Rare Engine: the Taylor Dry Steam Engine

A rare engine — the only known dry steam engine — is getting well again in Maryland.


| September 2001



Rare Engine - Dry Steam - Bob and Joe

Bob Frederick and Joe Rogers posing in front of their Taylor dry steam engine. It's such a rare engine this is the only verified example.

Photo: Farm Collector Magazine Staff

If anyone out there knows of another Taylor dry steam engine — or another American 'dry steam' engine, period — Joe Rogers would like to hear about it. He won't be holding his breath, though. As far as he can tell, it's such a rare engine only one is known to exist.

'I've heard rumors that there's one in the Carolinas somewhere,' he said. 'And just maybe there's one in Paris, France.'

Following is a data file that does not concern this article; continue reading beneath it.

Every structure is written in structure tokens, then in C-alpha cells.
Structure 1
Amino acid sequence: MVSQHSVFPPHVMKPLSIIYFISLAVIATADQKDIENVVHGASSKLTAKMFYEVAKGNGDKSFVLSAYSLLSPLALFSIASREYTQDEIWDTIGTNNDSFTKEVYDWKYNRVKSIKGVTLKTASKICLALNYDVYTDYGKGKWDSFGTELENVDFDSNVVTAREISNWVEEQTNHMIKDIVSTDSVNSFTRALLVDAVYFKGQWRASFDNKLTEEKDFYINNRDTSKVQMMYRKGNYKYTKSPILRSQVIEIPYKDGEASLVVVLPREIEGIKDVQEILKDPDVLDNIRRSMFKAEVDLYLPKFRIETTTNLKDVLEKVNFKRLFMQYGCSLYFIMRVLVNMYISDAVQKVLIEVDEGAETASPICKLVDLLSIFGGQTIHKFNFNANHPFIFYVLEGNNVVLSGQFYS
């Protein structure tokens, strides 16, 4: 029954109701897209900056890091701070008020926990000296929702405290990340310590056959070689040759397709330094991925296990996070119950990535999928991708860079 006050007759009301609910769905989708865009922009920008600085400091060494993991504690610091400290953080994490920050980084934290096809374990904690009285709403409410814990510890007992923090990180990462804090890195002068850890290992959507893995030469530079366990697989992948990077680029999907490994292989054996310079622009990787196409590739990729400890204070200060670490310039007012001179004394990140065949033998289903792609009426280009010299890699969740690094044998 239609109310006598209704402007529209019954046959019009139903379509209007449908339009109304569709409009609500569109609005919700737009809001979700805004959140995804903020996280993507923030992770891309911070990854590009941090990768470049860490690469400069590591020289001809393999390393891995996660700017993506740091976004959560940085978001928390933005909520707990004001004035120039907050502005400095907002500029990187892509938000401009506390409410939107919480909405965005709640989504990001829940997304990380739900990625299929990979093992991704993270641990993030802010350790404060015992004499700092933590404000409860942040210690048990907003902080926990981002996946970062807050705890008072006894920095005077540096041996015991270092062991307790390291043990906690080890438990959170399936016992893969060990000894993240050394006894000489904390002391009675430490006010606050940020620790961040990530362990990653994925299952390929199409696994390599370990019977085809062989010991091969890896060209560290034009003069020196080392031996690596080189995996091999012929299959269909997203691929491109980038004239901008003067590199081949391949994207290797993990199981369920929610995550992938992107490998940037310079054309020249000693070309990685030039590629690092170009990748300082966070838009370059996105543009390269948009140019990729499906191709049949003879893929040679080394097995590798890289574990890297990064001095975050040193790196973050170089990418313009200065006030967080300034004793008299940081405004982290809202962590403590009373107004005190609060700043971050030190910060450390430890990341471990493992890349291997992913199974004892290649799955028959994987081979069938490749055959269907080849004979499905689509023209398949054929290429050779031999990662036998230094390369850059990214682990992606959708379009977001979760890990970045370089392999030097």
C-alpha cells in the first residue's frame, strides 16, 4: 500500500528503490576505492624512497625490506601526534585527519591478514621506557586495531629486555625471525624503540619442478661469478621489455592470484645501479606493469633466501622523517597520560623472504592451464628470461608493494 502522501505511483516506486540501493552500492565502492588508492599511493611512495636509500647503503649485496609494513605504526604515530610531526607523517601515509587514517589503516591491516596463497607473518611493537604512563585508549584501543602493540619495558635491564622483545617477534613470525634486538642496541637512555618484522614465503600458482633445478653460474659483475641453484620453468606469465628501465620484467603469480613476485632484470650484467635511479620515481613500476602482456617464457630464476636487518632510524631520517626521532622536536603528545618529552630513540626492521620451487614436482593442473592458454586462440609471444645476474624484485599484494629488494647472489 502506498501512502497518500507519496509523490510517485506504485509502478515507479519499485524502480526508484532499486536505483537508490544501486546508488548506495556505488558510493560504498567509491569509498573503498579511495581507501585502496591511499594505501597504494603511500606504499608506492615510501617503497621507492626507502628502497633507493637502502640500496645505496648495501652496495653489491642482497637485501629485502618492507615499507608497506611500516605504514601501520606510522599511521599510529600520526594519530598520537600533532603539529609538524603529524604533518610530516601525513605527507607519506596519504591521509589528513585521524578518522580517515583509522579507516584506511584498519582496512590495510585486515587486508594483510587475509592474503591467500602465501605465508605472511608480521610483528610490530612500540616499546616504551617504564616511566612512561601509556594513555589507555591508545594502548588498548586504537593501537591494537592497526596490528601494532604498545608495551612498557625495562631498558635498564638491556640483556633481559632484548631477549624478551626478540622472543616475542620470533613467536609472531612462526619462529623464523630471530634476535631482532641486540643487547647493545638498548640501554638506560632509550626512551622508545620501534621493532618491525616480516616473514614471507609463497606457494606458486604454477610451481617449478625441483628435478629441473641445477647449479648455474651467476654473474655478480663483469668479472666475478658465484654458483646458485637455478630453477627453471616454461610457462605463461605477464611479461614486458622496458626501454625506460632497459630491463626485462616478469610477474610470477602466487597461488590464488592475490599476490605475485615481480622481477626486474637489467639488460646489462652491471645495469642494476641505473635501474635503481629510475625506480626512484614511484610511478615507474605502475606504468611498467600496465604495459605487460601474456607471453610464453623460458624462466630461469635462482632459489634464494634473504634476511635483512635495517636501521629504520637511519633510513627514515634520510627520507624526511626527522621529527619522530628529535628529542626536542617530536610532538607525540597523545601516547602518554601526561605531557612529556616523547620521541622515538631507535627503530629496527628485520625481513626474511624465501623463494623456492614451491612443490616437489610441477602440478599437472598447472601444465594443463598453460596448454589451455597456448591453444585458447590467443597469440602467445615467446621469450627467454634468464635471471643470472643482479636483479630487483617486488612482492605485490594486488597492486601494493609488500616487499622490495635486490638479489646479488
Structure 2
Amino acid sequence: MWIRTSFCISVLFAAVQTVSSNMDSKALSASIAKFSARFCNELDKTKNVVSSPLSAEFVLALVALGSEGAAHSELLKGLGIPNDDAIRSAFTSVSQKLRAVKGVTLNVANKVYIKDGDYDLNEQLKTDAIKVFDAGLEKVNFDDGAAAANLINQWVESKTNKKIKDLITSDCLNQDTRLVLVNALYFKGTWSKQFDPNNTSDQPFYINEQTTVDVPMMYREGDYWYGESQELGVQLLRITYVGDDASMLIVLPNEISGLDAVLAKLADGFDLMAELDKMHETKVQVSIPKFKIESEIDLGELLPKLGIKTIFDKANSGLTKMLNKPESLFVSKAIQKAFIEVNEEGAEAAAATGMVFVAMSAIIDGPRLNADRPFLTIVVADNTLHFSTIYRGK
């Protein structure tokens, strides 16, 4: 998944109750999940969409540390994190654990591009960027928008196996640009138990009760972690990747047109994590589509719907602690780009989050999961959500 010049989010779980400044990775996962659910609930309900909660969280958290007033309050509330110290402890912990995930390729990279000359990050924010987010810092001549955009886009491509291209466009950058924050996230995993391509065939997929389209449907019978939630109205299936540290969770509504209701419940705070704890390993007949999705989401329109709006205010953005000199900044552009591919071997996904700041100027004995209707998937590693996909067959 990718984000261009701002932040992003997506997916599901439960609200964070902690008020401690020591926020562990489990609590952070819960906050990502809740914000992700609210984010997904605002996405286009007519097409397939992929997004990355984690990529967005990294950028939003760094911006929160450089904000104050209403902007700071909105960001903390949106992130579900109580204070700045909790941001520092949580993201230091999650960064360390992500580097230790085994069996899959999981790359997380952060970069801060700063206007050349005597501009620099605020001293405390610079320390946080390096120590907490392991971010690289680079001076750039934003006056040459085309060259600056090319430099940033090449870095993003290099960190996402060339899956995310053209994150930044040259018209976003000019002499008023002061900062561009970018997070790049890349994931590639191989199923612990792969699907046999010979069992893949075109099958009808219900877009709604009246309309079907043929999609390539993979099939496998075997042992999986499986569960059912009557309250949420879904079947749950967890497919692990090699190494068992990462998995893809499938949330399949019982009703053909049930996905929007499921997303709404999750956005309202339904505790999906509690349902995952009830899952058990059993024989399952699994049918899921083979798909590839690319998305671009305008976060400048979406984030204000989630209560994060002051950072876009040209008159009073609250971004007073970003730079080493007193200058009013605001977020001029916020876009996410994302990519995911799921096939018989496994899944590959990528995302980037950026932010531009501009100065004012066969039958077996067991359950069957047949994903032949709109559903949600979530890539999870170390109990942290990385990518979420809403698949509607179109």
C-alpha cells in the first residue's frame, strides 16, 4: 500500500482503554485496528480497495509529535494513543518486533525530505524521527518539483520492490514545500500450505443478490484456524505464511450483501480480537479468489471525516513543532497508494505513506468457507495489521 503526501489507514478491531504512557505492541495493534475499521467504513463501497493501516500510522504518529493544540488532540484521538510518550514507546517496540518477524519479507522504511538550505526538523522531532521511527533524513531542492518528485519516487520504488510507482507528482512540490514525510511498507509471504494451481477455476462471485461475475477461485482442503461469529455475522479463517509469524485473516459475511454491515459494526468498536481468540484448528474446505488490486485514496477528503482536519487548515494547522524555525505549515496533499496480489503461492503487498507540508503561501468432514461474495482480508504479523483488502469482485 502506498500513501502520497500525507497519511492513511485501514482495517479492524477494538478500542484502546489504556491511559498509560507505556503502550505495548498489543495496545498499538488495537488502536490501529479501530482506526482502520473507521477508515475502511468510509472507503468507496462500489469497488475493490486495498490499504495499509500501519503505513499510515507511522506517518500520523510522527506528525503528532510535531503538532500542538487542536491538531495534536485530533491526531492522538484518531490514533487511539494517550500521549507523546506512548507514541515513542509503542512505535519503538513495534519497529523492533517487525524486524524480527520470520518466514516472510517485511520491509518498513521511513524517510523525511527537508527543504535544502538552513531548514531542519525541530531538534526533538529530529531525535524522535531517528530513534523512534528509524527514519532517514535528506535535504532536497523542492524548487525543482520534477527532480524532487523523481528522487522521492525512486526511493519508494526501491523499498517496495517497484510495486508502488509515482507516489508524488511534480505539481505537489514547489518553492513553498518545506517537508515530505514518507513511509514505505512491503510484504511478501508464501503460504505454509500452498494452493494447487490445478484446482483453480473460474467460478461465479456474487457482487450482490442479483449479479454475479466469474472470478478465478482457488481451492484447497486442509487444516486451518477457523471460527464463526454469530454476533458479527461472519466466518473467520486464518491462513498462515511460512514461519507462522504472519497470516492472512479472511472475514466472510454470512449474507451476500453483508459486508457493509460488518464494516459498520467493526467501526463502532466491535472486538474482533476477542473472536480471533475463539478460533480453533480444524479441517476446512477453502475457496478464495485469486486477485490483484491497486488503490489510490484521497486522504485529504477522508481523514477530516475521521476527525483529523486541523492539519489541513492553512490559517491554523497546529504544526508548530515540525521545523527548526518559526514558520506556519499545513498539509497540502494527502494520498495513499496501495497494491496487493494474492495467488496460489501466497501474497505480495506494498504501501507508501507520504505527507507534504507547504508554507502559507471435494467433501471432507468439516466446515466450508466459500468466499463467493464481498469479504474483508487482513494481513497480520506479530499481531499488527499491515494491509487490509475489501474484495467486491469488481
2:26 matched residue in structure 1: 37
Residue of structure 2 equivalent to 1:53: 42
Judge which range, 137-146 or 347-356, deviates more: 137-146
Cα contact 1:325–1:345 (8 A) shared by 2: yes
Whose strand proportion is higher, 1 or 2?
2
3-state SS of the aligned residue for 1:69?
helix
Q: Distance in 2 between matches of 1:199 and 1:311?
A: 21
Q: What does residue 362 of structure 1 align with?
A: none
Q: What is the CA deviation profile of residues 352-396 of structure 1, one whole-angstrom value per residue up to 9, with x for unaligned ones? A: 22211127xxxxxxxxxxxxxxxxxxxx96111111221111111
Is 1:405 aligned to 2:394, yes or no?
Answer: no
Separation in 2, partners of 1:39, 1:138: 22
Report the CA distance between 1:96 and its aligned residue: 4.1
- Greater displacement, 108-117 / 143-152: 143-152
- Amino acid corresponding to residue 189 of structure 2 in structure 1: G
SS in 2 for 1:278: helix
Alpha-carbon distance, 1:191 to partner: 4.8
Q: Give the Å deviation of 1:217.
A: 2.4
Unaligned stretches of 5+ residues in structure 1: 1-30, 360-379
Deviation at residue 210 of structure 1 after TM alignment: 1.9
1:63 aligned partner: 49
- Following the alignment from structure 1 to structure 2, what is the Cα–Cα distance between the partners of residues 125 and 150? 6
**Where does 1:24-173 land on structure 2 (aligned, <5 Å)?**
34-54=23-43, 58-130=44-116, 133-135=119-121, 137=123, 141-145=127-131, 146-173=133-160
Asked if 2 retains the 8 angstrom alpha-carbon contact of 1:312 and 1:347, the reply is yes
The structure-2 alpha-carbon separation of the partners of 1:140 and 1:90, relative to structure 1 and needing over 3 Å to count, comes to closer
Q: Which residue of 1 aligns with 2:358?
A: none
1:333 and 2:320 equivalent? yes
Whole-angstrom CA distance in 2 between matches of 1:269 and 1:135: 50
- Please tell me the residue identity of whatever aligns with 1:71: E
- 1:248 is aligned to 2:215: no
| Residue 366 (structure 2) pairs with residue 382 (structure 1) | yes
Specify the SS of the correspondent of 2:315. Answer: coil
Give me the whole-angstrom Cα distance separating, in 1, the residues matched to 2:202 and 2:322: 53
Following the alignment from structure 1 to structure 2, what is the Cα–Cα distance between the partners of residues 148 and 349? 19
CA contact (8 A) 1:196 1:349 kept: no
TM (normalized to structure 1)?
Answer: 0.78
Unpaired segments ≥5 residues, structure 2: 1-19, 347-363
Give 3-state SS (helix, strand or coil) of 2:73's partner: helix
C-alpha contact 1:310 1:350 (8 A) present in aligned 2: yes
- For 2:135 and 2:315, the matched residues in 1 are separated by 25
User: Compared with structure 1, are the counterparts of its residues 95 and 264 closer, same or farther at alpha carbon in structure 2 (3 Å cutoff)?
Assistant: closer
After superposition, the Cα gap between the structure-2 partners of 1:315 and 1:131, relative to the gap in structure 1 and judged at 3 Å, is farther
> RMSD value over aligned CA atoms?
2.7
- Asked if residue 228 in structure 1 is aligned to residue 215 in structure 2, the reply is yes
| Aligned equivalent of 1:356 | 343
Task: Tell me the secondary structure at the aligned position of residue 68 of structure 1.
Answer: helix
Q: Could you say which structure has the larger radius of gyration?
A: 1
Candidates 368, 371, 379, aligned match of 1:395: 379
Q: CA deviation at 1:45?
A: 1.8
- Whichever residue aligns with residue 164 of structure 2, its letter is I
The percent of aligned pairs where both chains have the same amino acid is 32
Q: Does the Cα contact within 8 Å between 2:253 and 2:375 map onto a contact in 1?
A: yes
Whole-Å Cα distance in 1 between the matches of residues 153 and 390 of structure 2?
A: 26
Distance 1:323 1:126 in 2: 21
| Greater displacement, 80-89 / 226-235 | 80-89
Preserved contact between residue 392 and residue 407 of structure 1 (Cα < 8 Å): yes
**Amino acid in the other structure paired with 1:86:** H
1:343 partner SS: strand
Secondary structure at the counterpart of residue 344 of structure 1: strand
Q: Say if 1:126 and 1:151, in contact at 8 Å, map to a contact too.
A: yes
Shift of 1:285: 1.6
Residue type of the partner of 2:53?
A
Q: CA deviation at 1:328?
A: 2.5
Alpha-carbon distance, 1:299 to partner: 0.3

Joe is the caretaker at the Carroll County Farm Museum in Westminster, Md. He and his grandfather, Bob Frederick of Cockeysville, Md., have spent the past several years restoring the museum's Taylor steam engine as a volunteer project.

Patented in 1875, the engine was built in Westminster by the Taylor Manufacturing Company. The company moved to Chambersburg, Md., in the early 1880s.

'They first opened in 1852 as the Union Agricultural Works,' Joe said. 'They made saw mills, threshing machines, plows, hominy mills. As I understand it, this engine spent its life powering hominy mills. It's called a dry steam engine because the piston is encased in steam.'

Joe said there are still many things they have to learn about the engine though. 'There's a number stamped on the boiler that reads 01-01,' Joe said, 'but we don't know if that's a serial number. I'd love to know more about it.'